Harry Potter and the Philosopher’s Stone

European & American posters for the film

European & American posters for the film (Photo credit: Wikipedia)

The Harry Potter film series is a real money spinner, and will probably be raking in the cash well after Book 7 is out and Bloomsbury (J.K. Rowling’s publishers) have faded into oblivion for want of a replacement star author.

The story so far…

1 – Harry Potter and the Philosopher’s Stone

Yes, philosopher’s and not sorceror’s. The difference in the UK and US titles is due to some brain-dead publishing droid deciding that American kids are too dumb to understand what the Philosopher’s Stone was supposed to be, and to hell with the fact that changing the name is inconsistent with what they already had learnt or would shortly learn in chemistry (if blessed with a halfway decent teacher) or philosophy classes (idem).

For such a big-budget movie, the special effects are pretty mediocre, except for the final confrontation scene. The scenario is well put together, and there are no annoying little gaps which leave those rare individuals who haven’t read the book asking “But how did he know..?” and so on. After the film, both fans and those who had just discovered the Harry Potter phenomenon, young and old, were equally enthusiastic.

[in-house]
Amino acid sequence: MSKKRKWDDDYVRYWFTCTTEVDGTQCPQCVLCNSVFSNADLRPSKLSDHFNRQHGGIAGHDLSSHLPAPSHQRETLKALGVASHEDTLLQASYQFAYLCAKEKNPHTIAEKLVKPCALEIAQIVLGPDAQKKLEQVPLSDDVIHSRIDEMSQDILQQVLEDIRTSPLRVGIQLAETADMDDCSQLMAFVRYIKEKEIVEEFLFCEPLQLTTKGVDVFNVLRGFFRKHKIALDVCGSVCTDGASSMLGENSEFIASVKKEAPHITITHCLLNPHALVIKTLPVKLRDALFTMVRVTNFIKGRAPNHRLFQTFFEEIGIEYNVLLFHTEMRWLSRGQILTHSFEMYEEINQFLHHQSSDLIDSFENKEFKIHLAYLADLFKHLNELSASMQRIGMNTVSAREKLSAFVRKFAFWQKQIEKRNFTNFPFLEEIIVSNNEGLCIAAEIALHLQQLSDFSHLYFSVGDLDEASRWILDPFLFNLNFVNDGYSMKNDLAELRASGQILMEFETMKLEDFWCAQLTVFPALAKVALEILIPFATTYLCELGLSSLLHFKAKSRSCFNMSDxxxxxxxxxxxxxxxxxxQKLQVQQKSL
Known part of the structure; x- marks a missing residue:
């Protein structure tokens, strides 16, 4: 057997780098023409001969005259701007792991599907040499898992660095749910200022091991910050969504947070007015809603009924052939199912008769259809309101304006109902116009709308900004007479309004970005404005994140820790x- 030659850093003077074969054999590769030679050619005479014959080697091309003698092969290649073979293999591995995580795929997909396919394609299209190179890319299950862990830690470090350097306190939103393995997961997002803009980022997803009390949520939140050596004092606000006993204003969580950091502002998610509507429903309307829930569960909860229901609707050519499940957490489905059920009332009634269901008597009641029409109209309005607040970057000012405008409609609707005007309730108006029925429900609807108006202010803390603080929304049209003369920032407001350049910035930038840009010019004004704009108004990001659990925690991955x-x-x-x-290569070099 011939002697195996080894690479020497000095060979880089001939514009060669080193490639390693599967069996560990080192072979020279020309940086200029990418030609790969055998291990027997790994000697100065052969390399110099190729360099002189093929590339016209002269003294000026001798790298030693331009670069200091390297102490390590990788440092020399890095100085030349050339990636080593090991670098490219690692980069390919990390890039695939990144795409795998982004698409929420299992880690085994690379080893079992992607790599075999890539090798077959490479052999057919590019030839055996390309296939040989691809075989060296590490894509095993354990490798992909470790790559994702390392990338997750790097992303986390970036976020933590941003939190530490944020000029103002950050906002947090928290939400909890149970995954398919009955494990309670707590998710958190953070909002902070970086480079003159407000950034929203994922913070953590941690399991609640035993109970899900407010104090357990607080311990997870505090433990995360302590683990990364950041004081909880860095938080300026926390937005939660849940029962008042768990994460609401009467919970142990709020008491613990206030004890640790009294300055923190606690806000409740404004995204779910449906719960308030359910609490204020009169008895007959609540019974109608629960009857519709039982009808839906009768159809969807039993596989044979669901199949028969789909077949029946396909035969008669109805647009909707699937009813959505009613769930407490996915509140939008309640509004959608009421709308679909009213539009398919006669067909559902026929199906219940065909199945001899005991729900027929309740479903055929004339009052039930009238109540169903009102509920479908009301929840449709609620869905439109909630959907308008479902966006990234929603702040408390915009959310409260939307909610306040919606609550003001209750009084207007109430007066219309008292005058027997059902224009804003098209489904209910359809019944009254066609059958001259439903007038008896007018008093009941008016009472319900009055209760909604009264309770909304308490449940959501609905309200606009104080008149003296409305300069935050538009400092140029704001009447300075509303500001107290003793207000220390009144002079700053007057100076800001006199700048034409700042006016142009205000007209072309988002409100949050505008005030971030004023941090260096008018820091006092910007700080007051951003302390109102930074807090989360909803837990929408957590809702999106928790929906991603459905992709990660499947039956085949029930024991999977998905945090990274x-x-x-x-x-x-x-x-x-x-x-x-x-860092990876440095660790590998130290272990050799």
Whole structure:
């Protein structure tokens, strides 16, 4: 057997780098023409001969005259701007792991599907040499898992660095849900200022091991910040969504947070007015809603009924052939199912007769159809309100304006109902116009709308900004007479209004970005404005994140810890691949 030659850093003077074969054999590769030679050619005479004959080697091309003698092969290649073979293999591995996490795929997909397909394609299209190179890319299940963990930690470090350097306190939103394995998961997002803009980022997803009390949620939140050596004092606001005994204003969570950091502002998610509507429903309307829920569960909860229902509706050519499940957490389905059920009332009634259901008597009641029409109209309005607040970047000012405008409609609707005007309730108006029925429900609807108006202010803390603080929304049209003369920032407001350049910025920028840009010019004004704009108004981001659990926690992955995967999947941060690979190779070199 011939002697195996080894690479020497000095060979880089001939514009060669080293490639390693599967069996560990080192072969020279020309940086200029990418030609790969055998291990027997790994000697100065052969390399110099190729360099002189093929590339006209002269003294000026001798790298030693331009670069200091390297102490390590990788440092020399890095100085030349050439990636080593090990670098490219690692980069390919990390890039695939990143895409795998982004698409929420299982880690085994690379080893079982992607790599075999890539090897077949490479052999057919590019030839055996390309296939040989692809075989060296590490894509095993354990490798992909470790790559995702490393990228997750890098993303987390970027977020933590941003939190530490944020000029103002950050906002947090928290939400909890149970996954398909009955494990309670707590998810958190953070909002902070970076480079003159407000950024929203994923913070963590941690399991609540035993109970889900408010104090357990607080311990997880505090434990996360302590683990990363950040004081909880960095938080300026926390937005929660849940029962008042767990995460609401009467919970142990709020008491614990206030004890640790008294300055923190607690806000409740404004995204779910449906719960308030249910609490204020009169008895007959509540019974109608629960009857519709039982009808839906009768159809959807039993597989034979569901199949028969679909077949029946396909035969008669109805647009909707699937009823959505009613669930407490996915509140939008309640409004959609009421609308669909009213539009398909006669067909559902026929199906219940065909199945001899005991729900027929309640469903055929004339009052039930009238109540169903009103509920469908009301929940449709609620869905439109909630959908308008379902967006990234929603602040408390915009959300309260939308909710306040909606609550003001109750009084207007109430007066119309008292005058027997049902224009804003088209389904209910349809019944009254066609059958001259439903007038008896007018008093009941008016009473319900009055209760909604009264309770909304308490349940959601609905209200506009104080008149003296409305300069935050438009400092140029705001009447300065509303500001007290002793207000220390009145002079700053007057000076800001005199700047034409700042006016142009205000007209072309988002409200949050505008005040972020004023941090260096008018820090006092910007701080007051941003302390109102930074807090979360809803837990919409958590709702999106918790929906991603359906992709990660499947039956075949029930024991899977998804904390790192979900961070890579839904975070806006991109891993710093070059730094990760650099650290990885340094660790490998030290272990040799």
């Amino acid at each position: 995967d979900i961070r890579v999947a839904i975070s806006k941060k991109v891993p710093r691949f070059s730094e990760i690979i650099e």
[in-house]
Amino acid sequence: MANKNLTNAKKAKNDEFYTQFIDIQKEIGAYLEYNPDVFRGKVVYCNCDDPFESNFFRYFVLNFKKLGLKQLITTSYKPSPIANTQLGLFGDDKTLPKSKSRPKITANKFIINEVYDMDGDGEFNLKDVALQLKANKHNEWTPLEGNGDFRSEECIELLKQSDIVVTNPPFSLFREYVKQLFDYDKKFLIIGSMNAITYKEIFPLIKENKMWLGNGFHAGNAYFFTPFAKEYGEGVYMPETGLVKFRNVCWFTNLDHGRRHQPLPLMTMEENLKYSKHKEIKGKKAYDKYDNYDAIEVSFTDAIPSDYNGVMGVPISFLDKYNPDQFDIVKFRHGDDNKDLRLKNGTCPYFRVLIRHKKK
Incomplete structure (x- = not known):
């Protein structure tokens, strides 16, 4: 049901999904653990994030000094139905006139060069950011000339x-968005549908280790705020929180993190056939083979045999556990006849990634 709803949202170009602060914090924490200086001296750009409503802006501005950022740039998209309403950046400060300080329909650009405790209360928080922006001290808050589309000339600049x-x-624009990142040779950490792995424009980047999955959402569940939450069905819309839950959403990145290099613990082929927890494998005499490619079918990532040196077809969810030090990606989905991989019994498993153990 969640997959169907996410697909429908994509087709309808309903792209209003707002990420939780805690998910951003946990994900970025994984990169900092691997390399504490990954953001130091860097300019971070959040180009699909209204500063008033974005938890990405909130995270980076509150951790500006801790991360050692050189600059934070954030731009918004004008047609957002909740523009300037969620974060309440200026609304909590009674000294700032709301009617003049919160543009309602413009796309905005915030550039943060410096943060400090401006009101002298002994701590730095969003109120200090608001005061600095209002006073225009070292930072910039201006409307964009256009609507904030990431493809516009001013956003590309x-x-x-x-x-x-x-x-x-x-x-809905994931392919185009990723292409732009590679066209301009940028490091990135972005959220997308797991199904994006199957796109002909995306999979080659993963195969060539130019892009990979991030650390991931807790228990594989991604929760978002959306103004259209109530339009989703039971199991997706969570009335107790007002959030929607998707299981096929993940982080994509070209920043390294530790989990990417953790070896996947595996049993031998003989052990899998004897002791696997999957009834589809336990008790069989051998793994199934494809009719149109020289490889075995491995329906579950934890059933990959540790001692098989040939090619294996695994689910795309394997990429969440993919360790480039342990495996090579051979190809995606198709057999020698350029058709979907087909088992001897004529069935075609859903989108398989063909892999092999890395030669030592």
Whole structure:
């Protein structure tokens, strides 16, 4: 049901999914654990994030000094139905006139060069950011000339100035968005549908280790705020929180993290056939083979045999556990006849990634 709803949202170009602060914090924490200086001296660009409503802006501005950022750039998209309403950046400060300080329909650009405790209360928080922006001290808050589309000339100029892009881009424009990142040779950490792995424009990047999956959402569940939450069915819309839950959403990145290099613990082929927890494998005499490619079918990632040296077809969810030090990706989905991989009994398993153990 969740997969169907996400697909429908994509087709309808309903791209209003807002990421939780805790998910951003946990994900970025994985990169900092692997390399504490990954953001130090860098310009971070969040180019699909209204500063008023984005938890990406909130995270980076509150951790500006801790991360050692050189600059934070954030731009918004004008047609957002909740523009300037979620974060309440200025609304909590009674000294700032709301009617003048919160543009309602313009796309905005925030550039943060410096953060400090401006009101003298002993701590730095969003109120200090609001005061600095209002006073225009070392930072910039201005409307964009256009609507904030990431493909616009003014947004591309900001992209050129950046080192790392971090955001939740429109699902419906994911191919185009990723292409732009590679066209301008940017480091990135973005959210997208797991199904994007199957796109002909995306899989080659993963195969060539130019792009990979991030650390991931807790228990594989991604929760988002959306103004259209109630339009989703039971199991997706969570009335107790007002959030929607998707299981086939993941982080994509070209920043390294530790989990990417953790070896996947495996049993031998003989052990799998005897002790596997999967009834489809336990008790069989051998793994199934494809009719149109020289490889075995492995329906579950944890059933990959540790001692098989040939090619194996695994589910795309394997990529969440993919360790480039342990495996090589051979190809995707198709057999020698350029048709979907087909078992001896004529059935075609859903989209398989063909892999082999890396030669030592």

The acting is a bit dodgy at times, but not excessively. The three main characters are pretty young and inexperienced, so this is only to be expected. However, nothing on earth will ever make Richard Griffiths (“Uncle Vernon”) into a really nasty character: there’s too much of the Nice Old Boy Who Tells Stories about him.

Casting Alan Rickman as Severus Snape was practically inevitable; it’s as though the part was written for him. For my part, however, I kept waiting for Professor MacGonagall to announce “Mai House is the crème de la crème”.

A good introduction to the world of Harry Potter, whether or not you’ve read the book. Extras on the DVD: a few interviews, a couple of games, but nothing really exciting. Don’t bother paying more for the deluxe editions.

Enhanced by Zemanta

Go on, bother me. You know you want to.

Please log in using one of these methods to post your comment:

WordPress.com Logo

You are commenting using your WordPress.com account. Log Out /  Change )

Google+ photo

You are commenting using your Google+ account. Log Out /  Change )

Twitter picture

You are commenting using your Twitter account. Log Out /  Change )

Facebook photo

You are commenting using your Facebook account. Log Out /  Change )


Connecting to %s